Graduate student Scott Gabara caught this fantastic photo while out in the field with PISCO.  This humpback was putting on a great display for the eyes with its enthusiastic breaching.  MLML student Casey Clark is currently conducting research on humpback whales – check out his student profile to learn more!

Whale Feeding and Breeding and Migrating – Oh My!

December 3, 2010


A humpback whale in Kodiak, Alaska (photo by Casey Clark)

Casey Clark

By Casey Clark, Vertebrate Ecology Lab

Each year, humpback whales migrate between their feeding areas in high-latitude places such as Alaska, California and Antarctica to their breeding areas in more tropical regions such as Mexico, Hawaii, Central America, and the South Pacific.  This means that during the winter, all of the animals should be in the breeding area and none should be in the feeding area.  It turns out that this isn’t true.  All around the world, people have seen humpback whales in feeding areas during the winter when they are expected to be in the breeding area.  This leads to the following questions:  Who are these animals that spend their winters in the feeding area?  Are they mostly males? Females?  Juvenile animals?  Why would they give up their chance to reproduce for the year?

It was these questions that led me to choose my project.  For my master’s thesis at Moss Landing Marine Labs, I will attempt to answer at least some of them.  To do this, I will look at the animals off the coast of central California, an important feeding area for humpback whales that breed off the coast of Central America.  I will be looking at the sex-ratio (the number of males present compared to the number of females present) and the proportion of juvenile animals (the number of young animals compared to the number of adult animals) in this area throughout the year.  By seeing how the sex-ratio and the proportion of juvenile animals change from summer to winter, I will be able to determine who is using the area in the winter.  For example, if the sex-ratio is 1:1 in the summer (1 male present for every 1 female present) and 1:2 in the winter (1 male present for every 2 females present), I will know that there are more females than males using this area in the winter.


Humpback whale in Kodiak, Alaska (photo by Casey Clark)

The different sexes and age groups of humpback whales are known to migrate to the breeding area at different times.  Adult males are the first to begin the migration to the breeding area, followed by non-pregnant females, juvenile animals and finally pregnant females.  This pattern would suggest that female animals in the late-stages of pregnancy remain in the feeding area longer than most other whales.  This theory is supported by observations from the feeding area and during migration, but it has never been confirmed that pregnant females remain in the feeding area longer than most other members of the population.  I will test this theory by determining the pregnancy rates of females found in the feeding area in the late fall and early winter.  If a greater proportion of these females are pregnant than would be expected, this theory would be confirmed.  The identification of this area as critical habitat for these pregnant whales would have profound implications for their conservation and management.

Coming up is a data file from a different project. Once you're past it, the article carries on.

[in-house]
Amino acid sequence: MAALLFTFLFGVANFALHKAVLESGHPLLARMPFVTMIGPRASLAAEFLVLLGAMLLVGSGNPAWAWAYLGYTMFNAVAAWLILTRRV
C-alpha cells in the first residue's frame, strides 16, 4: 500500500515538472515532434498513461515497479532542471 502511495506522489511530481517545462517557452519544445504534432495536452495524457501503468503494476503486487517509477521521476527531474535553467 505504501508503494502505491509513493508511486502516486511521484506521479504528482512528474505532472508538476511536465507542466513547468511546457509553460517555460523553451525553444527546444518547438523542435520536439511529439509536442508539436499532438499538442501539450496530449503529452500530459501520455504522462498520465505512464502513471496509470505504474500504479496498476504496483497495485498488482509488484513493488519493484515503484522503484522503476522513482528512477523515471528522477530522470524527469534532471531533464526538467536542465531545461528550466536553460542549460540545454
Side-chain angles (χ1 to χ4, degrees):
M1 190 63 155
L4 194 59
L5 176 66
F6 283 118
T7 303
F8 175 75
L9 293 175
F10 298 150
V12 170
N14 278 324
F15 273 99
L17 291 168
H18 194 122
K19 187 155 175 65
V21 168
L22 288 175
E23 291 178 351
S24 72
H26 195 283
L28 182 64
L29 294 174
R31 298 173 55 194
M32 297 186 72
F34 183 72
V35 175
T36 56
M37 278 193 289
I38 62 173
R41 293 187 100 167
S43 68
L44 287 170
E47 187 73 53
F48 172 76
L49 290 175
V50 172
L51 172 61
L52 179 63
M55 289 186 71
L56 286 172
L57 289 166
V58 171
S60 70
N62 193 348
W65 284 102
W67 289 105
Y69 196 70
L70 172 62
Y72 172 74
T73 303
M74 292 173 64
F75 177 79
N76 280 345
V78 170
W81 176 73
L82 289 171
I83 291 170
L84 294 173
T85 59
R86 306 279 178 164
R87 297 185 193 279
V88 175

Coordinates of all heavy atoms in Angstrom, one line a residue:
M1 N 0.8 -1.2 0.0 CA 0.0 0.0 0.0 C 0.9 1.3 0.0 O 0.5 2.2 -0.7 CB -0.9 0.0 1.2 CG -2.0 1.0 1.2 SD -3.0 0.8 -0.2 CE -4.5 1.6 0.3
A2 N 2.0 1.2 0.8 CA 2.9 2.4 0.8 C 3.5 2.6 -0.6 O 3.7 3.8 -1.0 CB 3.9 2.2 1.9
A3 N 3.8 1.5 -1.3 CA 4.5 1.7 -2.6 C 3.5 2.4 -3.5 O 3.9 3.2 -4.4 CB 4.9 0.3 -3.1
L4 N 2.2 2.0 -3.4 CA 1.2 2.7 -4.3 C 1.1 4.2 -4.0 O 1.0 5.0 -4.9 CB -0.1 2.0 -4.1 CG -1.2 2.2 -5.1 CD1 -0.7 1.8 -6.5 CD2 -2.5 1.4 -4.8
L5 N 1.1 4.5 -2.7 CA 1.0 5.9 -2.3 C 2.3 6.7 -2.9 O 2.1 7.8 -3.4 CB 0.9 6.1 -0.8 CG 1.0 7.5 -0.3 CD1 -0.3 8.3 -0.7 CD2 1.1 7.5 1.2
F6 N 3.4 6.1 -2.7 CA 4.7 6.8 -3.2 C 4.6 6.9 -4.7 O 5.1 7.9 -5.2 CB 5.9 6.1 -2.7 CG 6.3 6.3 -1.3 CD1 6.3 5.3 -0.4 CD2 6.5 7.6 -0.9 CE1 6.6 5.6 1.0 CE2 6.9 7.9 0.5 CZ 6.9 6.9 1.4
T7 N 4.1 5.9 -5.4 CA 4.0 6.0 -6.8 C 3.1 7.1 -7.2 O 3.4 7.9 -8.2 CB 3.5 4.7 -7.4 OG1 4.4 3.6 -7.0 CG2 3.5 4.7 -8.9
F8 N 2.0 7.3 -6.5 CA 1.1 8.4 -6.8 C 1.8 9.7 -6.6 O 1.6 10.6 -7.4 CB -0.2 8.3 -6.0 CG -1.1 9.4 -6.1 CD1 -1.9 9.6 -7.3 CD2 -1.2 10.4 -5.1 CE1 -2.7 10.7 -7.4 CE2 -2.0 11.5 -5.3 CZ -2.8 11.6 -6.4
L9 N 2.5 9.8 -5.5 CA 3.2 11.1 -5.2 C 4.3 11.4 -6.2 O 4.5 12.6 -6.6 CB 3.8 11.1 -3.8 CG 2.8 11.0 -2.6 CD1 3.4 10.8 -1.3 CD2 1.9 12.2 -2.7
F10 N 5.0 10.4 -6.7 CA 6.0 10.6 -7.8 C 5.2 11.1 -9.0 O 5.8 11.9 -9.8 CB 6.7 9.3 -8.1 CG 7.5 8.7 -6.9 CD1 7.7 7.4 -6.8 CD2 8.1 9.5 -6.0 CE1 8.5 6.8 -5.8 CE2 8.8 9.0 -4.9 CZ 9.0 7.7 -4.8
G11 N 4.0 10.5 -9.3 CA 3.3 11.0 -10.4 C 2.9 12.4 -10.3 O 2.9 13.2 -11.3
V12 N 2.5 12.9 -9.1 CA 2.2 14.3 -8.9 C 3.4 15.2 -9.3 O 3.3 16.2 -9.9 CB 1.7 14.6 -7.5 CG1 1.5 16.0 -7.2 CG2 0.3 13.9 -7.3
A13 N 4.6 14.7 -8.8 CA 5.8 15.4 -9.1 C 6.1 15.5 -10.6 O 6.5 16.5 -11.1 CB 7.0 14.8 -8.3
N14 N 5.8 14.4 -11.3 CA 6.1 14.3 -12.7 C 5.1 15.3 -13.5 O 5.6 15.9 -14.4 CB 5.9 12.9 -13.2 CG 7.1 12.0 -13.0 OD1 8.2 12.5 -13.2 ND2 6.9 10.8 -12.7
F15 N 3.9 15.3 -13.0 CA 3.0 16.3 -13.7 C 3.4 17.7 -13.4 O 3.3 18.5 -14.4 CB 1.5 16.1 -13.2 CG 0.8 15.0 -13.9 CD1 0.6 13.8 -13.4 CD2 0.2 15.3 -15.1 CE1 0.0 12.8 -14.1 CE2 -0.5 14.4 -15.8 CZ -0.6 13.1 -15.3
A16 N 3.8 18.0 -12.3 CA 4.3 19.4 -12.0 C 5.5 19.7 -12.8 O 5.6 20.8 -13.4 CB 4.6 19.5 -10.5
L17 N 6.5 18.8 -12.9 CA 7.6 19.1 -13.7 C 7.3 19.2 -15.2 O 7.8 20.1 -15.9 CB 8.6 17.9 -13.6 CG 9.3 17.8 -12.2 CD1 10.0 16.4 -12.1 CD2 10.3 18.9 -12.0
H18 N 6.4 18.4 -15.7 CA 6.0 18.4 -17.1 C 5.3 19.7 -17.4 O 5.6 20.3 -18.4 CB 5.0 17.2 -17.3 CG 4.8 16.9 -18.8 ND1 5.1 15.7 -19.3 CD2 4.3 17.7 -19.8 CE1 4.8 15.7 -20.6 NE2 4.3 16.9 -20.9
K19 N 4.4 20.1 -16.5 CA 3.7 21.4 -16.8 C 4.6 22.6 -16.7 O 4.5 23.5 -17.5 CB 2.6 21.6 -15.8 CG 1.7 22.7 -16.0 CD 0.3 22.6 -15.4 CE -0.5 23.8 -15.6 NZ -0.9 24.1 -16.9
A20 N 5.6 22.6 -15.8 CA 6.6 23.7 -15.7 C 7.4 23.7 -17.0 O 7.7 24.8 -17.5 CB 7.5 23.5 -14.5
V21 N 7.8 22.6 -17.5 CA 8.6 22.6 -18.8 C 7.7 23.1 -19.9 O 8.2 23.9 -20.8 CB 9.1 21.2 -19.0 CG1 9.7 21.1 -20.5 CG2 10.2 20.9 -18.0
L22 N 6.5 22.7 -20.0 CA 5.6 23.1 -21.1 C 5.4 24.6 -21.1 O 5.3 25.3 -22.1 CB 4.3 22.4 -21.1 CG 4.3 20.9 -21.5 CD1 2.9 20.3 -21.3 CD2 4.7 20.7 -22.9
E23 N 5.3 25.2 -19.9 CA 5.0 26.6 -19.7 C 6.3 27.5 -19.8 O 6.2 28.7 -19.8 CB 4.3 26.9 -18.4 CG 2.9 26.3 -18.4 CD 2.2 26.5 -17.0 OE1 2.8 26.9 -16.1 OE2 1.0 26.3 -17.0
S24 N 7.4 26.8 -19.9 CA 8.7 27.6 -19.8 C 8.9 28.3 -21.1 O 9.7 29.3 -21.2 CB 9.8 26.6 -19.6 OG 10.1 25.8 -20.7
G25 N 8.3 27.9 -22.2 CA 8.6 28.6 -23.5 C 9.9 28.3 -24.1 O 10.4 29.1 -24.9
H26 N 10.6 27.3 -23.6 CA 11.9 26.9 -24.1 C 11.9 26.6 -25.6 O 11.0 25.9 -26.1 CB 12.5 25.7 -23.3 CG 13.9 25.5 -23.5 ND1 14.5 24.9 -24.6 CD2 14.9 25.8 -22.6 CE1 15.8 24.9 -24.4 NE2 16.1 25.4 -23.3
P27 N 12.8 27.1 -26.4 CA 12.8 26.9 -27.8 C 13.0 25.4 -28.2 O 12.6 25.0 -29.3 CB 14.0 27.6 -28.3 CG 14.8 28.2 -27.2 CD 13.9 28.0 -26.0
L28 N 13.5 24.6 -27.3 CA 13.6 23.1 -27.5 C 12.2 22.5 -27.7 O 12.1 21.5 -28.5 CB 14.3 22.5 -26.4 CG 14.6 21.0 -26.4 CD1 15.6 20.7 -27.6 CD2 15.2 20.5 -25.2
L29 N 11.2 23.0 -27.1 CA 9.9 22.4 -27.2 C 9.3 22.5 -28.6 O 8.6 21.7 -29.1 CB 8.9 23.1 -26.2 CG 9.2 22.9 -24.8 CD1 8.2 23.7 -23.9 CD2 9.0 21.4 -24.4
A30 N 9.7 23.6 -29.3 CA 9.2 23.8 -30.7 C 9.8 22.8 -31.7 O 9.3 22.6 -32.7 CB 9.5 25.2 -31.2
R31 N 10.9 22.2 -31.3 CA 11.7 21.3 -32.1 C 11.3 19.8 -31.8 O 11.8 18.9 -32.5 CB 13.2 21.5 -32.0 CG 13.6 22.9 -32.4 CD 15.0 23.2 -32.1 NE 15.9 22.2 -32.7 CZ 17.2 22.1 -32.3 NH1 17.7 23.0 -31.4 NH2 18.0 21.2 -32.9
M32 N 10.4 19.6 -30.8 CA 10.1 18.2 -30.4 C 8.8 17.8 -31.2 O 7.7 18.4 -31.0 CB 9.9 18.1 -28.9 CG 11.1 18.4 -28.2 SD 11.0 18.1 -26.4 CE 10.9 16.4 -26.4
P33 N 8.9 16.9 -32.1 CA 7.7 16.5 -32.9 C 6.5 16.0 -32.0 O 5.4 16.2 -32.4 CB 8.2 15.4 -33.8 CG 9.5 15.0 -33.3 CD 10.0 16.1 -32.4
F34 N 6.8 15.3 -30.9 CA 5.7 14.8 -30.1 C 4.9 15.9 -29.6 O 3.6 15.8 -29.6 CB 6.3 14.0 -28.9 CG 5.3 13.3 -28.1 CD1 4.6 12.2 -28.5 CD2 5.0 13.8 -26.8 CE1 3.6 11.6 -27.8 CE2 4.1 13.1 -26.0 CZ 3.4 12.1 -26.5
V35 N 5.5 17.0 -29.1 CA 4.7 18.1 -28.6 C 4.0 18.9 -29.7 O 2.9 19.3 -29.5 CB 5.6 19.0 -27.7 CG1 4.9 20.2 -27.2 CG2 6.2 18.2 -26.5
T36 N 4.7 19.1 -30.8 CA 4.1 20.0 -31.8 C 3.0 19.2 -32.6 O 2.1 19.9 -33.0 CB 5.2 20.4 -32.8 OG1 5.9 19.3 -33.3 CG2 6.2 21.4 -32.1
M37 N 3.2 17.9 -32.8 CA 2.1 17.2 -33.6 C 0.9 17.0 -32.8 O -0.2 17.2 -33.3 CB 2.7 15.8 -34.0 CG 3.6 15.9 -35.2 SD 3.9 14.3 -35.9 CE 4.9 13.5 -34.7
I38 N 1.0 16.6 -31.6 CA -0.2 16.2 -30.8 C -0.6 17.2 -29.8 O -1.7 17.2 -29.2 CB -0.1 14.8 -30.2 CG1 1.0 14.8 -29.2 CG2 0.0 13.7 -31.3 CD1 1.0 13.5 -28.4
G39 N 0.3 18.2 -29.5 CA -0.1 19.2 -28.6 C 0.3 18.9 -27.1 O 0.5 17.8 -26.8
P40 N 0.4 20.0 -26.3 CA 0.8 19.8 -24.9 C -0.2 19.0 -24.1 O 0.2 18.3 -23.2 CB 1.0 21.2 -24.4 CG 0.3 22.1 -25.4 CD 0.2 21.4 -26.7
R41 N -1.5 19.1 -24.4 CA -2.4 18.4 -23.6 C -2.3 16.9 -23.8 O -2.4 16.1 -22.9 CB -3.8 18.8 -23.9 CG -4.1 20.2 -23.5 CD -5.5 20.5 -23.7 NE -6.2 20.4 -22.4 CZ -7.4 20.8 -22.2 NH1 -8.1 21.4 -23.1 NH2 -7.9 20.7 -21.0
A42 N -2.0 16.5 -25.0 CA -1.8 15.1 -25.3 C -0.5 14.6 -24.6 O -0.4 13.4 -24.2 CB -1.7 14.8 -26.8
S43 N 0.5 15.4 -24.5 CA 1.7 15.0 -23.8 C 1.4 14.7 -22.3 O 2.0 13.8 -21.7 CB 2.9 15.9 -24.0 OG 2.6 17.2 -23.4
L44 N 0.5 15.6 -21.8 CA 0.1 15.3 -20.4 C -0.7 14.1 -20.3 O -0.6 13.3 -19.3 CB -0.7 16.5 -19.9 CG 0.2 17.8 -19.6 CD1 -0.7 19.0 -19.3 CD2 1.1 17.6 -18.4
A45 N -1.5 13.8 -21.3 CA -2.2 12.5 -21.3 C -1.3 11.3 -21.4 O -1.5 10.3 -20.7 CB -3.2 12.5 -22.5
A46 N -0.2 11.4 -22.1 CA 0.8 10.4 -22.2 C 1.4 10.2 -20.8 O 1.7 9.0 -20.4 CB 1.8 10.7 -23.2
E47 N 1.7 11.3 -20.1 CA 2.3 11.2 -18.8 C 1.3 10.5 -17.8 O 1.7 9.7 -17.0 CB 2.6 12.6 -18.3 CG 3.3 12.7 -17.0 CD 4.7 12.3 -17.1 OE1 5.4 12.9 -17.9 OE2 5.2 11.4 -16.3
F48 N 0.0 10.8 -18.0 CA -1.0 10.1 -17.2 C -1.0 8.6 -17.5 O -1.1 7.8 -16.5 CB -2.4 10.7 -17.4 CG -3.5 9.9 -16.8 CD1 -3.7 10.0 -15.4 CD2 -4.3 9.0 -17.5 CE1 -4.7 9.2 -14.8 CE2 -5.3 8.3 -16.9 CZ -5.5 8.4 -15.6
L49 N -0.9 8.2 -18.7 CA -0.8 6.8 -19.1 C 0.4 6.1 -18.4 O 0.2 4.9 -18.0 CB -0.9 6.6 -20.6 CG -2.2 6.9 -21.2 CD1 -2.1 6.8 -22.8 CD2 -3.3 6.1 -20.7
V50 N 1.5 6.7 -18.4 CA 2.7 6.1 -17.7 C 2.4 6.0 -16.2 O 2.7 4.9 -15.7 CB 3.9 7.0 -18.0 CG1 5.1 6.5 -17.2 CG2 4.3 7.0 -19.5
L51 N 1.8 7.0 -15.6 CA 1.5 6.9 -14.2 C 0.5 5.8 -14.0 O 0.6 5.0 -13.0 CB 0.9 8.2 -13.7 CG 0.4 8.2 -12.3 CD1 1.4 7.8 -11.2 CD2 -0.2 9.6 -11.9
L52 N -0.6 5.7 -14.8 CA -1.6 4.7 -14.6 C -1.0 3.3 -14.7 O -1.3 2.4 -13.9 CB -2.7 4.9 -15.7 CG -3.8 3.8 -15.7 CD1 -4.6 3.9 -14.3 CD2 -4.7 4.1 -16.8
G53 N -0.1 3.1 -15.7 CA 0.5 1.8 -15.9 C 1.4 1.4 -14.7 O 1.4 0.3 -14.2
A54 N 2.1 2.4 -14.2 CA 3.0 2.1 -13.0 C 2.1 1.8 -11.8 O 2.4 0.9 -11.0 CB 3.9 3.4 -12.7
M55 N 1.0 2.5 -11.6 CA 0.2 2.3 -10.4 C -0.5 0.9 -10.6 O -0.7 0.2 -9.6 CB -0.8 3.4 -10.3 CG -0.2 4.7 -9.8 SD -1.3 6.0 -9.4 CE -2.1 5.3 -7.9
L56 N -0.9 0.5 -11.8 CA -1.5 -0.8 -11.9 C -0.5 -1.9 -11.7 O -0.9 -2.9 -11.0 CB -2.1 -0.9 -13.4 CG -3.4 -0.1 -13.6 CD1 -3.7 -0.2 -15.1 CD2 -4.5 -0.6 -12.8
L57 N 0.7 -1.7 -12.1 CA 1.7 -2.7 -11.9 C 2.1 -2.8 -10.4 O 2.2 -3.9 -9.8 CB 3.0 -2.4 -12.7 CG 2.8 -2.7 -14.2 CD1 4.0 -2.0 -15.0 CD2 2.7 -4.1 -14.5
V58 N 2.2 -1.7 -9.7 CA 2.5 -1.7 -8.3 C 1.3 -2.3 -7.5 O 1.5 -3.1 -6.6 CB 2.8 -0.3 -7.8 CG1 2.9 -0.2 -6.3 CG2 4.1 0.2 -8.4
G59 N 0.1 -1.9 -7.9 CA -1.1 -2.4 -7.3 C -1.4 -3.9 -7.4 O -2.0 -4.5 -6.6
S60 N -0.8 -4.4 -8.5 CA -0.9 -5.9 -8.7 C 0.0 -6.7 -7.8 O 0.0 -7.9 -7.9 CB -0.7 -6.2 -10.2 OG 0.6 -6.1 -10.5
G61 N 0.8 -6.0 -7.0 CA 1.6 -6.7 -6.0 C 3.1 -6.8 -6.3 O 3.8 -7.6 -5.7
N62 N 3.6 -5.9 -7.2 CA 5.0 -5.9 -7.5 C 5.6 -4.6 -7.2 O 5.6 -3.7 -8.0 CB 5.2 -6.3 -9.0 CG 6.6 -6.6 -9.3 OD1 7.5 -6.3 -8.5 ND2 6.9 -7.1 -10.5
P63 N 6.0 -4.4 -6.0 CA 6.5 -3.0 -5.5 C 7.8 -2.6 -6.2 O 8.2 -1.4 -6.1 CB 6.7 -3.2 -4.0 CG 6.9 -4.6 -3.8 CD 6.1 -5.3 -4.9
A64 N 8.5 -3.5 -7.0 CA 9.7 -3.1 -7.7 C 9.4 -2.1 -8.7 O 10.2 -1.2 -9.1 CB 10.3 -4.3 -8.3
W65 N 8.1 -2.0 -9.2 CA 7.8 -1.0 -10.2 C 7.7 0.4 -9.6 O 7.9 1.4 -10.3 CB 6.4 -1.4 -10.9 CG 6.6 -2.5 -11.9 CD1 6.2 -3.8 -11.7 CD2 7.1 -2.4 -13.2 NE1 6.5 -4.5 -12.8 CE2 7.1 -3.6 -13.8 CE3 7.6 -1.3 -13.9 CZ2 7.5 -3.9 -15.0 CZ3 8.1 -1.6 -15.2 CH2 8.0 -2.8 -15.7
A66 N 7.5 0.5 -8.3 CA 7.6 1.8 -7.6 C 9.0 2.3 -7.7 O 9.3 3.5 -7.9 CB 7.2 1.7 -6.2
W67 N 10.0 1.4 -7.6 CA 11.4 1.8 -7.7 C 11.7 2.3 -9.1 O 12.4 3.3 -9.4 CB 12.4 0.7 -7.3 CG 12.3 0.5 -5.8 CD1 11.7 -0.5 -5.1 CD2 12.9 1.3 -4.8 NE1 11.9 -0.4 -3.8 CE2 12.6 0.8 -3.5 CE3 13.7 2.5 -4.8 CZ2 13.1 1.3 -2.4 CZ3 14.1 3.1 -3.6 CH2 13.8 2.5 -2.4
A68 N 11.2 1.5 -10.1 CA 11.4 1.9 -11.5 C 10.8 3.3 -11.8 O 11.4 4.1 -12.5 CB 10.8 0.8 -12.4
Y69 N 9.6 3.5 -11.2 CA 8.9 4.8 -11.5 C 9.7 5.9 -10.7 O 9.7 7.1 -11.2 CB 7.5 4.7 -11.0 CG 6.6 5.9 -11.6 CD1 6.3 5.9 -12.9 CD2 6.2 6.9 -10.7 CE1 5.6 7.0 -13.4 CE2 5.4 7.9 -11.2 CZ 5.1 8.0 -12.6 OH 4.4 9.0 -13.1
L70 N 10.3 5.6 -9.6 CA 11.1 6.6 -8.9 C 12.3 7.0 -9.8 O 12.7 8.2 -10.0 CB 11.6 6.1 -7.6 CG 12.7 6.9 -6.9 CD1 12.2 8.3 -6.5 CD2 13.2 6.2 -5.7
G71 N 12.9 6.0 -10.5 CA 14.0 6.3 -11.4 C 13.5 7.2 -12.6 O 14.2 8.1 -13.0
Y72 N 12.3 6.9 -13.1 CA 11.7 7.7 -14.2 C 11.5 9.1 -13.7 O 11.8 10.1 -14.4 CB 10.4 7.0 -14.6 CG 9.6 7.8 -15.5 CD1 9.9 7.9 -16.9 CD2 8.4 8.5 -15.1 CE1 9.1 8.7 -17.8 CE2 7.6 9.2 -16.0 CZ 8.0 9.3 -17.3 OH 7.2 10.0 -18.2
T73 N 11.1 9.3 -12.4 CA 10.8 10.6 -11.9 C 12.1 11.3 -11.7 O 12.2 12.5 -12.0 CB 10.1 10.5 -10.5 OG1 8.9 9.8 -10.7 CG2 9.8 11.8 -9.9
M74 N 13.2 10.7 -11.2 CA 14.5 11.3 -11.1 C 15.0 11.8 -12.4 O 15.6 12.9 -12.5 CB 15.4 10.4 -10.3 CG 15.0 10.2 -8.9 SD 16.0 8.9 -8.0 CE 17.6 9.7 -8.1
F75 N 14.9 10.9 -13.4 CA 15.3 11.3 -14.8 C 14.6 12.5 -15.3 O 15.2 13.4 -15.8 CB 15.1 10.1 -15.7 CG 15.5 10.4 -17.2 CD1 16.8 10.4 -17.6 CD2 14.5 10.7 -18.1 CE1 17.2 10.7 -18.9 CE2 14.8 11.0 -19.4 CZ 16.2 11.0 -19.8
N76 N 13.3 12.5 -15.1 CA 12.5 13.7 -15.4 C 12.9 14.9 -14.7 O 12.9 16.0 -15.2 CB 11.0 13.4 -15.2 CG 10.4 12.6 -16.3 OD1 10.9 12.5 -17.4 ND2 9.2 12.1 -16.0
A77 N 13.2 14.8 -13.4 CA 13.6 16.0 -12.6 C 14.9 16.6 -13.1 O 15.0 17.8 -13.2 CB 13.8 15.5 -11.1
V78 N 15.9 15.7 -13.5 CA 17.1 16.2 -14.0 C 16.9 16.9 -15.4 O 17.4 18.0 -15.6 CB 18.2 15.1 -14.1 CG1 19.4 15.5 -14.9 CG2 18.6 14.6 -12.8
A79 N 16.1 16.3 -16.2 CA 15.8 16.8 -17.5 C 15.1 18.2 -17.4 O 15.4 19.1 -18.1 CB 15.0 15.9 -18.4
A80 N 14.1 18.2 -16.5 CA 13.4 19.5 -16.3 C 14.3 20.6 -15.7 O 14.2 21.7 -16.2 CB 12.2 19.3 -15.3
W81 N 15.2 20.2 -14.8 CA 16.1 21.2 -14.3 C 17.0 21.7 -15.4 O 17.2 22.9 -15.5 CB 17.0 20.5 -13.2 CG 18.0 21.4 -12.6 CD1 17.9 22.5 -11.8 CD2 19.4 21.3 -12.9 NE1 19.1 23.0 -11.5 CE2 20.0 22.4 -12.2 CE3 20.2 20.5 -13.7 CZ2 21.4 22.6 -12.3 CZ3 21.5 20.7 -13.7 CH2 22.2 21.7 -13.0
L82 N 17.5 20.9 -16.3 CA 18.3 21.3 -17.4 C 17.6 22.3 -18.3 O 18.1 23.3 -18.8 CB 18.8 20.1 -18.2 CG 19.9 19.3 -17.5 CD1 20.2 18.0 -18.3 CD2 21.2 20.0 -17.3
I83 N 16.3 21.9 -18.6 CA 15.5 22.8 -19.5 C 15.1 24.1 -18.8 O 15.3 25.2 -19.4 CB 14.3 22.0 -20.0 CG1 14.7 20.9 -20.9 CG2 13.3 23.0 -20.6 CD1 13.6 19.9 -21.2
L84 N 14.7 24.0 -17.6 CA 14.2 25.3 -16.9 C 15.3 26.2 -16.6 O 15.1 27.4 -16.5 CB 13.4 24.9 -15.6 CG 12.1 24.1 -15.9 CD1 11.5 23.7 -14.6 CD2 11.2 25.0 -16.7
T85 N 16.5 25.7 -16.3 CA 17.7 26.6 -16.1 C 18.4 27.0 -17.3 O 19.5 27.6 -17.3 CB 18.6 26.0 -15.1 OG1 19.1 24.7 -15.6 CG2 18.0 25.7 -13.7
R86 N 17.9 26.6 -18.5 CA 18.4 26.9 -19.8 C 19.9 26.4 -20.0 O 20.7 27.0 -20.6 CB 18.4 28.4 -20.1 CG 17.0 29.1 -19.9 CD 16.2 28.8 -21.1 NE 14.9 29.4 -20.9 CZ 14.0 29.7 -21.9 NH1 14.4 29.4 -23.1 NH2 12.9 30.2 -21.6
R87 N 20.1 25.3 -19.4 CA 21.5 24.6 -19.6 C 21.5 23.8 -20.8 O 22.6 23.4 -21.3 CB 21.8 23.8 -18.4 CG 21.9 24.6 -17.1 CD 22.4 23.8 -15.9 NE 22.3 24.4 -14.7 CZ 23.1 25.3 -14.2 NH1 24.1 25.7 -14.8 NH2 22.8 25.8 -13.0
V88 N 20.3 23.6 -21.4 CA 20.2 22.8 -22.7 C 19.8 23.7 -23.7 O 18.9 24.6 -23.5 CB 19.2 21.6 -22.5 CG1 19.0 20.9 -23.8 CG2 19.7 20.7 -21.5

Casey and his sampling crossbow

Stay tuned to find out how I find the whales, and then collect samples with a crossbow!

2010 Open House Puppet Show: Dora the Sperm Whale Explorer’s Deep-Sea Adventure

August 10, 2010
Amanda Kahn

Amanda Kahn

by Amanda Kahn, Invertebrate Zoology and Molecular Ecology Lab

In April, MLML opened its doors to the public and we spent the weekend showcasing our research and teaching people about marine science.  We did this in a variety of ways: lectures, seminars, interactive exhibits, touch tanks, science as art, and even in puppet form!  For those of you who missed the show, you can still learn about Dora the Sperm Whale’s exploration of the deep sea, discover different deep-sea habitats, and find out all about the many ways that animals eat!  Check out the two-part video below, and be sure to catch our hit songs “Chemoautotrophy” and “Vertical Migration”!

Part 1:

Part 2:

Got any questions about the animals or habitats you saw in the show?  Comment below or email and we’ll tell you all about them!


Puppeteering, stage design, sound setup, logistics: